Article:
The Hungry Gamer Reviews Fuji Koro

Fuji Koro Box Cover. Art by Miguel Coimbra. ©Game Brewer 2019. Artwork may be subject to change.

Before I begin, I was provided a discount on this game in exchange for an honest review.  This is not a paid review. If you would like to check out a video of this review you can check it out below, and get your own copy here.


My first love in board games, after Mysterium and Red Dragon Inn, were adventure and dungeon crawl games.  Recently I have been learning to love euro games.  So when I learned a little about Fuji Koro which is an adventure game, with elements of euro games, from respected Euro game publisher Game Brewer I had to try it.

Fuji Koro Gamescene (retail edition). Art by Miguel Coimbra. 3D Render by Andreas Resch.

The conceit behind Fuji Koro is that Mount Fuji is on the verge of erupting, and you are being sent in to the mountain to recover sacred scrolls, monks and magical blueprints from the temple inside the mountain.  If you are playing solo or co-op you also have to find the legendary white dragon and kill it dead!

To do this you will be collecting resources to create gear and weapons to allow you to survive dragon attacks, hit them harder, and move around on the very hot lava…cause the floor is lava!  Everyone starts at the center of the board, and will slowly discover new tiles around them as they make their way to the temples.  Each tile has resources on them, which may be wood, metal, scrolls, or monks.  Oh yea.  There might be dragons too.  

One of the player boards
Deluxe player board

A good portion of the game is spent on your character board.  Each character has three (2-4 on the asymmetric sides of the boards) activations that they can use on three different actions.  You can explore a new tile, which also refreshes resource tiles, you can move, or you can gather resources.  Once you have used up your activations, you have to rest.  Resting will allow you to craft one of your three item slots.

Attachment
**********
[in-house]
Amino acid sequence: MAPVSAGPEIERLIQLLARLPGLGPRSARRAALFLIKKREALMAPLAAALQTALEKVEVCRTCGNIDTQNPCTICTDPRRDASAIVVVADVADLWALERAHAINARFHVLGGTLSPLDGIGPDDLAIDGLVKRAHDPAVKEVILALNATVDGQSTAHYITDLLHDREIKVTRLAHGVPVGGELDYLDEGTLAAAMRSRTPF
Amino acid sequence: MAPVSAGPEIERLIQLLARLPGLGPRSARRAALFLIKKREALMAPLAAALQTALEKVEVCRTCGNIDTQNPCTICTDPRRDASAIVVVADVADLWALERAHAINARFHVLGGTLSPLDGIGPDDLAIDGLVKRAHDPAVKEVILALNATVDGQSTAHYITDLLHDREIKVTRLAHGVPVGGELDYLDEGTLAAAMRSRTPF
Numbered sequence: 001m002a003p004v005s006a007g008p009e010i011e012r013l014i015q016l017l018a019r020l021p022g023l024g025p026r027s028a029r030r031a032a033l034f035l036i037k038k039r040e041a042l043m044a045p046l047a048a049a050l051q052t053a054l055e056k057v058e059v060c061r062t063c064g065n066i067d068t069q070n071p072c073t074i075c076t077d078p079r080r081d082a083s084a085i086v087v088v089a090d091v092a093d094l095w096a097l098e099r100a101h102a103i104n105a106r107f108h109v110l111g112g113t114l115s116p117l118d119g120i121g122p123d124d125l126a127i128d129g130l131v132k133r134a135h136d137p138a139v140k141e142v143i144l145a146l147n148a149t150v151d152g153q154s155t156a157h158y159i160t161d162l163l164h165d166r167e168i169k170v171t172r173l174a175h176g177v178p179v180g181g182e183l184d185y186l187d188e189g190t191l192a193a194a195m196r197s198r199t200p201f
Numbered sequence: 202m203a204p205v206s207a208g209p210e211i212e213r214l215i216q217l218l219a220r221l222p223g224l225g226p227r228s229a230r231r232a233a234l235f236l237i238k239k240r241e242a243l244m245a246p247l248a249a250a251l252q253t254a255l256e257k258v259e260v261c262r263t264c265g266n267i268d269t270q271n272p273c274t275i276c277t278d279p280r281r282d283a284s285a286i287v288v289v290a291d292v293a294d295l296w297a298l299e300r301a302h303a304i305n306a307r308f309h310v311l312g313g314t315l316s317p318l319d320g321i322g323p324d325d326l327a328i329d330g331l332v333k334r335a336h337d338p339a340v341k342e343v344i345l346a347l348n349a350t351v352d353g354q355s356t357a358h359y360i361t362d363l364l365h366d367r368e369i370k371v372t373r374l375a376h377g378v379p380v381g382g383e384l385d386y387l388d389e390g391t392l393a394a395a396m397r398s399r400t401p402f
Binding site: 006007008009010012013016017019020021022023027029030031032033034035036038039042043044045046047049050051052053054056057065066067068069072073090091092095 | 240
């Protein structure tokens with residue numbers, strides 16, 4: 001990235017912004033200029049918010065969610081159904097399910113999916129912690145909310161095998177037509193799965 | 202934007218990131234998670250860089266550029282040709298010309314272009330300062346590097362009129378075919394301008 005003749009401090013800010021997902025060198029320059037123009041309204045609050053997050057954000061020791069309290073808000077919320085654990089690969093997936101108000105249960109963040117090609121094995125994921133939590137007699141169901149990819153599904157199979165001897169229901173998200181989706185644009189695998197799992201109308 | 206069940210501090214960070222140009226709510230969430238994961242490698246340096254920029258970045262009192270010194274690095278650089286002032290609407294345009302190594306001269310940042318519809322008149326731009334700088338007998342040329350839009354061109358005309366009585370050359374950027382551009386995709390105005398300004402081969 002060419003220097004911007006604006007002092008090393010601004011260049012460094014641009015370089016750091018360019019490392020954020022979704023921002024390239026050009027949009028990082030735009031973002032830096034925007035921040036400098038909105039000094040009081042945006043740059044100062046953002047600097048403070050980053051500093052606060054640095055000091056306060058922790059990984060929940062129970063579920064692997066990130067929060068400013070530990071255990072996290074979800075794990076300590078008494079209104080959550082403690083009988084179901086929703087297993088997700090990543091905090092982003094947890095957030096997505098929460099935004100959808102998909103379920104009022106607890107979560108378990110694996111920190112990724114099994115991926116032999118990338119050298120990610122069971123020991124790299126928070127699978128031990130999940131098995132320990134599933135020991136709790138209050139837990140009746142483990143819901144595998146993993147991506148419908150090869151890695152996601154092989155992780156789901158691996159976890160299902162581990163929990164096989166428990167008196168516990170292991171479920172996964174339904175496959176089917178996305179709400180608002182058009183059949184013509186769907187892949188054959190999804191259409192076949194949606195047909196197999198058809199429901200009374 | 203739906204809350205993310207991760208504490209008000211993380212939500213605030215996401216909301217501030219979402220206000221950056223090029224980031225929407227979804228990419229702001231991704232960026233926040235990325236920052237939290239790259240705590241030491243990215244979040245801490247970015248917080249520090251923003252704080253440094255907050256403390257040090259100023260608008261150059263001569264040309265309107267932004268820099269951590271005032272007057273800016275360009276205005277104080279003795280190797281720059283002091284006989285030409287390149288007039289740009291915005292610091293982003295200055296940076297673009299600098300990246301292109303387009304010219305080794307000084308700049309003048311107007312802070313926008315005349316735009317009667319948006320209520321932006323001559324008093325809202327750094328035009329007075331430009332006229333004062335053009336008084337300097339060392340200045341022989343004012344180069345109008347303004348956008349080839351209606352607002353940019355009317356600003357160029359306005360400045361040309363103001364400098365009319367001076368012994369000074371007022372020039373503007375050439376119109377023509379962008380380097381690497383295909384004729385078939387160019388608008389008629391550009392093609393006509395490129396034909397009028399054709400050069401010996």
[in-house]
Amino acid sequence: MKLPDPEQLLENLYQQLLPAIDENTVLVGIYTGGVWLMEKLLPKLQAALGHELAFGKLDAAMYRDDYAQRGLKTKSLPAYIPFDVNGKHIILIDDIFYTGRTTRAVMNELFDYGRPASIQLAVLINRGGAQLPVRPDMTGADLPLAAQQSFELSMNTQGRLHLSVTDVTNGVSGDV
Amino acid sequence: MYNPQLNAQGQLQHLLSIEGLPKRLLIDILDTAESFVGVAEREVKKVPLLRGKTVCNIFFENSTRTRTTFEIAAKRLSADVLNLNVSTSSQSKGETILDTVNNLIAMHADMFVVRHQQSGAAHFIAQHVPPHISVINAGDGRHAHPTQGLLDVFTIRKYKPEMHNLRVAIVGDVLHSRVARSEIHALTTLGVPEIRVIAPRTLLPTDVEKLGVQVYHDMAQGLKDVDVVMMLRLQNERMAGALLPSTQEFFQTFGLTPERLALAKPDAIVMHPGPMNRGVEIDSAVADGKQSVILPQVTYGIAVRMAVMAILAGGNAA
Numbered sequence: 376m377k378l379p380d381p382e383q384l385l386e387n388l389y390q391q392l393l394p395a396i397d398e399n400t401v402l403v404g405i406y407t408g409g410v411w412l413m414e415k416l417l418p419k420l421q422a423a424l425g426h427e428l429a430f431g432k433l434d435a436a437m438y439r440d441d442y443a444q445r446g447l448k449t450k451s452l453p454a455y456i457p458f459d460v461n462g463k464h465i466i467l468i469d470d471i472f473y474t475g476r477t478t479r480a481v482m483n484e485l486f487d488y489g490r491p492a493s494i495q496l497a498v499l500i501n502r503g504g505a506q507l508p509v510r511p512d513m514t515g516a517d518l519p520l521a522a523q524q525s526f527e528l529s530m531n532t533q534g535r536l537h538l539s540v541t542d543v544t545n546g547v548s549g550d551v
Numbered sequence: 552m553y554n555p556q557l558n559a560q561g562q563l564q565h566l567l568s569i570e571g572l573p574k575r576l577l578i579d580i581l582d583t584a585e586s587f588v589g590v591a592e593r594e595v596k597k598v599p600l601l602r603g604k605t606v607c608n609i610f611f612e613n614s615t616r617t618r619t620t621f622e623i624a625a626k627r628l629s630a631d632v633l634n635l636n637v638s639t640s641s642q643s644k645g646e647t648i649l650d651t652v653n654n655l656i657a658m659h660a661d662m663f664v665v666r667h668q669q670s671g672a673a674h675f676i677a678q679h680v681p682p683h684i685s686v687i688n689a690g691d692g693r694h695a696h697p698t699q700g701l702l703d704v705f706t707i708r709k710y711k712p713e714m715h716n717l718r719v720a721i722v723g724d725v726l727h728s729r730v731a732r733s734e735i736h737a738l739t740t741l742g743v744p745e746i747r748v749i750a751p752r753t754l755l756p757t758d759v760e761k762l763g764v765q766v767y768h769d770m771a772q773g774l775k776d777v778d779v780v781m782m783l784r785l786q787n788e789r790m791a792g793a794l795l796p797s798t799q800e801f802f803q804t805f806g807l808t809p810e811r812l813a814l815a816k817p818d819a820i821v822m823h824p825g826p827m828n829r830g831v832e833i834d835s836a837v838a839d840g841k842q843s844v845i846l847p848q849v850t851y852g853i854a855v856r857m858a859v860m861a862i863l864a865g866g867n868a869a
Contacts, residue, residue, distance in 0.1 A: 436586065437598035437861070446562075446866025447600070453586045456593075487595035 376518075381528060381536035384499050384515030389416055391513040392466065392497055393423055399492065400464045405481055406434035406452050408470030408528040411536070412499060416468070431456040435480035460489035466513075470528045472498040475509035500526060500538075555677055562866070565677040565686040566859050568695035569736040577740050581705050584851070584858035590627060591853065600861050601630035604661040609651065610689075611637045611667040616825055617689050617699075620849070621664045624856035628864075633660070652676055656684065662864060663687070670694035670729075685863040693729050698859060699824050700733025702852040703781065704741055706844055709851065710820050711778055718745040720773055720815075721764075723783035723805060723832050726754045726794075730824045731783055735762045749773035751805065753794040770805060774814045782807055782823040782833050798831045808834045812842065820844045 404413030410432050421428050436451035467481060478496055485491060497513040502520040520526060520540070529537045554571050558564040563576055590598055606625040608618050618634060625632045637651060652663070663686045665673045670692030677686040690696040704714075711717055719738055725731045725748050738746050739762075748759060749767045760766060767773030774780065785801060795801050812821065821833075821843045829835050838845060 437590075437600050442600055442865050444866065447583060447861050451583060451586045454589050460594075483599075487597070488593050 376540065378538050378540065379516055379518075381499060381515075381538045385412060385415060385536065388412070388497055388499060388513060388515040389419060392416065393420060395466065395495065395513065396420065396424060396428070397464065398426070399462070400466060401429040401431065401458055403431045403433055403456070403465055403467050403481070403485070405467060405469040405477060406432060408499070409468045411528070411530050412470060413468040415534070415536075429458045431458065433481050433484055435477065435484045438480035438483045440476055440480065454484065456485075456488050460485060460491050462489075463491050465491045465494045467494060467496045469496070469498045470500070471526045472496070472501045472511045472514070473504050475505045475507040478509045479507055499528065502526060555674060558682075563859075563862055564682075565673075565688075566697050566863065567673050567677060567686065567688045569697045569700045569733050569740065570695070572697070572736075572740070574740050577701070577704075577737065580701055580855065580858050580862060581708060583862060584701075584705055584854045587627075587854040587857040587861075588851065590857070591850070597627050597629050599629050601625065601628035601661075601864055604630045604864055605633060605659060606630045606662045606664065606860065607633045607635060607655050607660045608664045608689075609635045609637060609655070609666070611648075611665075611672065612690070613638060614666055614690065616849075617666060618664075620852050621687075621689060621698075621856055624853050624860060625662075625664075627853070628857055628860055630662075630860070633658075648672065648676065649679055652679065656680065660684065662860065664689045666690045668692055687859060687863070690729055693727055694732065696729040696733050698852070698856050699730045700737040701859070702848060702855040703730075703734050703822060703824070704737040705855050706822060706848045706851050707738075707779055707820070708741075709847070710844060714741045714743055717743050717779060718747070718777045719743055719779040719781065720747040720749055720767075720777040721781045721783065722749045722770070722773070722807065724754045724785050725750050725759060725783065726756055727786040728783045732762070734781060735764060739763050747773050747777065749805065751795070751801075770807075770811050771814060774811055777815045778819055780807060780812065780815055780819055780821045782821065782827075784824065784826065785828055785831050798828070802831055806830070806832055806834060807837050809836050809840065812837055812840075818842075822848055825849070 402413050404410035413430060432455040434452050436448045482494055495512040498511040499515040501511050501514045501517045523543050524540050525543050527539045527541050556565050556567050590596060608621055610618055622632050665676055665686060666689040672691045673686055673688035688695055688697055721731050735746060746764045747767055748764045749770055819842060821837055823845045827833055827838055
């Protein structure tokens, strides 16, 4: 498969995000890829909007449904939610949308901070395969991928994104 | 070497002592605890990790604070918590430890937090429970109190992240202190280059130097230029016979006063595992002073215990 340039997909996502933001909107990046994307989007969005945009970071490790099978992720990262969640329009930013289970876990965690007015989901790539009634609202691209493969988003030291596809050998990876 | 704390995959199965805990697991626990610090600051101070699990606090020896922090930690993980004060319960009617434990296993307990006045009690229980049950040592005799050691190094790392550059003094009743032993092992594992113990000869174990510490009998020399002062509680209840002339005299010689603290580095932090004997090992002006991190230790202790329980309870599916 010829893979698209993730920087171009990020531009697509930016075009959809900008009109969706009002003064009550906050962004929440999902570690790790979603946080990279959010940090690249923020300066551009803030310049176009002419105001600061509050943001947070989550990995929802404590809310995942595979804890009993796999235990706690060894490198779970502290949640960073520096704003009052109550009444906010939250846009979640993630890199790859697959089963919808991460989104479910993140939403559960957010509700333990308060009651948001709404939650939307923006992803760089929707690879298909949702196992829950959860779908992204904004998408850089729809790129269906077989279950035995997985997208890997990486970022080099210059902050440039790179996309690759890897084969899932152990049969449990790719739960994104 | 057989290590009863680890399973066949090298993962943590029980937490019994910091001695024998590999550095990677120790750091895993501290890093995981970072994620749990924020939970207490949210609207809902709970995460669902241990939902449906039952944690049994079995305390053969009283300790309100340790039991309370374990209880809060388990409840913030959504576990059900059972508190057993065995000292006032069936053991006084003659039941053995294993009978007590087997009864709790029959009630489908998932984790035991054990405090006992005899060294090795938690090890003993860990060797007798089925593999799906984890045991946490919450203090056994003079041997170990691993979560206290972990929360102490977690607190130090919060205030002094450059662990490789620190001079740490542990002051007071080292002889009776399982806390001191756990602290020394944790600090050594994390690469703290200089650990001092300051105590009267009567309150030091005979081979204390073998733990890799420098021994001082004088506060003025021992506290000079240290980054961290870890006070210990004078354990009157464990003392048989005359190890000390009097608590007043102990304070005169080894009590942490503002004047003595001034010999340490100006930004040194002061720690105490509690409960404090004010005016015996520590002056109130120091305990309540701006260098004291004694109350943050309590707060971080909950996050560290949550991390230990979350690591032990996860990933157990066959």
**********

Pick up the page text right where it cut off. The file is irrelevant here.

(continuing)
You will be trying to build specific items laid out at the beginning of the game.  Doing this will give you permanent upgrades to your actions, and eventually you will claim magical blueprints will but you even more!  Of course the best part about crafting those weapons is using them.  You are able to battle the dragons on the board for the all important Dragon teeth.  Defeat the dragon, claim some teeth and victory points.

First player to break 30 points begins the end game.  The mountain begins to erupt and you have 8 turns to get out.  The earlier you get out, the earlier you are able to present the Shogun with the cool stuff you found, which earns you more points than those that come after.  High score wins.

So what do I think?


The game, even the non-deluxe game looks wonderful on the table.  The 3-d elements are cool, and the dragons are great fun.  I really enjoy the worker placement element on your board as you determine what actions to take each round, especially as you are able to upgrade your actions in subtle ways.  However, what really makes it work, for me, is that when you are out of actions, and you pull things back you STILL get to do something.  You get to craft.